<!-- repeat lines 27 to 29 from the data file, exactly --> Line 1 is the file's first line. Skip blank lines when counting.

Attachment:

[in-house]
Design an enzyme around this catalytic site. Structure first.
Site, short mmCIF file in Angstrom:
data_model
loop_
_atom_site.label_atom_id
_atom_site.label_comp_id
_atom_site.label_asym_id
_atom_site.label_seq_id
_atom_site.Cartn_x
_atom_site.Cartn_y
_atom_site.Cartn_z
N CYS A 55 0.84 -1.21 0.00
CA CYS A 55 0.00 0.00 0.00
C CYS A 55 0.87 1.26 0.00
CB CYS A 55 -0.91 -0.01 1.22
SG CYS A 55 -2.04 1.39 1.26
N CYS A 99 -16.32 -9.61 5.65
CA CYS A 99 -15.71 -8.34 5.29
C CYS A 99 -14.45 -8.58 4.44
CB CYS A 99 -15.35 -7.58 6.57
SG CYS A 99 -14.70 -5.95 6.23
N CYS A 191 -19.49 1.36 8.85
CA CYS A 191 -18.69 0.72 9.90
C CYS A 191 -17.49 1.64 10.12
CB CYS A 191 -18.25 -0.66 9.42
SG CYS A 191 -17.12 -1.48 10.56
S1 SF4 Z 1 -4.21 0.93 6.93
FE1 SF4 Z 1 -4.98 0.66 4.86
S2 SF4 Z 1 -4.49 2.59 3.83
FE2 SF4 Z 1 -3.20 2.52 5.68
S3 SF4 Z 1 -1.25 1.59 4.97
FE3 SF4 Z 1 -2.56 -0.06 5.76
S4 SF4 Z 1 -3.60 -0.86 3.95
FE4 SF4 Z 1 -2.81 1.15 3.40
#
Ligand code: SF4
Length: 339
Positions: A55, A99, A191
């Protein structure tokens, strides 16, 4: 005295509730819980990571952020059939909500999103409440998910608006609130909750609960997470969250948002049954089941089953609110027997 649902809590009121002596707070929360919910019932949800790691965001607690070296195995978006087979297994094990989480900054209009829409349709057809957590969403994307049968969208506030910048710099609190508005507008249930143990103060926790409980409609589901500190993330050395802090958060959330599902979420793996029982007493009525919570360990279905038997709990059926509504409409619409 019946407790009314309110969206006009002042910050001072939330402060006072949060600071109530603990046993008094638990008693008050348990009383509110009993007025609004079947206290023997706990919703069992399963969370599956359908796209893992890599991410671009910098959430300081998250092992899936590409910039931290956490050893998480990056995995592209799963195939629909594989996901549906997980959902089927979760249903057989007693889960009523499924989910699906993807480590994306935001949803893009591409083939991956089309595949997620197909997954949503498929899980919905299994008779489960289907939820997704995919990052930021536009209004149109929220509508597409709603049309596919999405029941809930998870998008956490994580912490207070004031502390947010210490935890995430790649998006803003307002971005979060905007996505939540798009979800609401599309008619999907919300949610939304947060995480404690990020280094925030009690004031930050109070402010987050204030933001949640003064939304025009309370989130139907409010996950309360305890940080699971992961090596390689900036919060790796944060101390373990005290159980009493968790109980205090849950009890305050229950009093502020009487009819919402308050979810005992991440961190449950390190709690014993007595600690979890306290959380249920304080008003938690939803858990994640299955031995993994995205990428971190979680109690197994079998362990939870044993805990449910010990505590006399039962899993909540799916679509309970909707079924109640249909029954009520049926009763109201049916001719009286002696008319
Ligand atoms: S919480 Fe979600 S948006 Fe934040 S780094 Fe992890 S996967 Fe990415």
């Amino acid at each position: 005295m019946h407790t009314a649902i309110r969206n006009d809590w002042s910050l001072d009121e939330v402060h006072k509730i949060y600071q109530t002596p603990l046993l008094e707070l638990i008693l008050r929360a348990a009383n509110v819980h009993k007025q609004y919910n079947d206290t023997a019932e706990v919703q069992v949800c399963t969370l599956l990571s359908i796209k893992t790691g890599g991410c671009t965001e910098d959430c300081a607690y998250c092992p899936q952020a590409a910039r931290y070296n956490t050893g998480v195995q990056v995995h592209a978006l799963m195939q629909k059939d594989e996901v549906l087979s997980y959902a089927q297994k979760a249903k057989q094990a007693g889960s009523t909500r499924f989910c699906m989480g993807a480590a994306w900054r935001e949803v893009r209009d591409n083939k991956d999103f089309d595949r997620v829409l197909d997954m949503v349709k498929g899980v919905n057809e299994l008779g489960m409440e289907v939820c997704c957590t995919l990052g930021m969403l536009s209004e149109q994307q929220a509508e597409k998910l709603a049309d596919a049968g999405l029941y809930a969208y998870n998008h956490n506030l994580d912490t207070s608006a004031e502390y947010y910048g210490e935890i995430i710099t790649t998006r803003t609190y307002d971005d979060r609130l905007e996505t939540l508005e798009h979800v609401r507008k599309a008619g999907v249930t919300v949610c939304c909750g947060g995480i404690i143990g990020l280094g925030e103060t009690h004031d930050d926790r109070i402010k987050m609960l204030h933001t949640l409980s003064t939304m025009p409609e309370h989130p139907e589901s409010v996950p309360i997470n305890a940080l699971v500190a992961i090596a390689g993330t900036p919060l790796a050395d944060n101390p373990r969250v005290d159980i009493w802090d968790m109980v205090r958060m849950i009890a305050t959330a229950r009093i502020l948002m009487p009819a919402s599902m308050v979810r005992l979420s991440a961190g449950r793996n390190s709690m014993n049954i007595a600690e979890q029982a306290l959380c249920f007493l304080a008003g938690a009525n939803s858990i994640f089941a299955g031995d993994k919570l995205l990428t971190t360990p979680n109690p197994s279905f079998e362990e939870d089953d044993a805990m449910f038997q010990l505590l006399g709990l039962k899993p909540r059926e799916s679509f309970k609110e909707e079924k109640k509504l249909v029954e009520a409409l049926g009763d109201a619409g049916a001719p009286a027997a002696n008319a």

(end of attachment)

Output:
SG CYS A 191 -17.12 -1.48 10.56
S1 SF4 Z 1 -4.21 0.93 6.93
FE1 SF4 Z 1 -4.98 0.66 4.86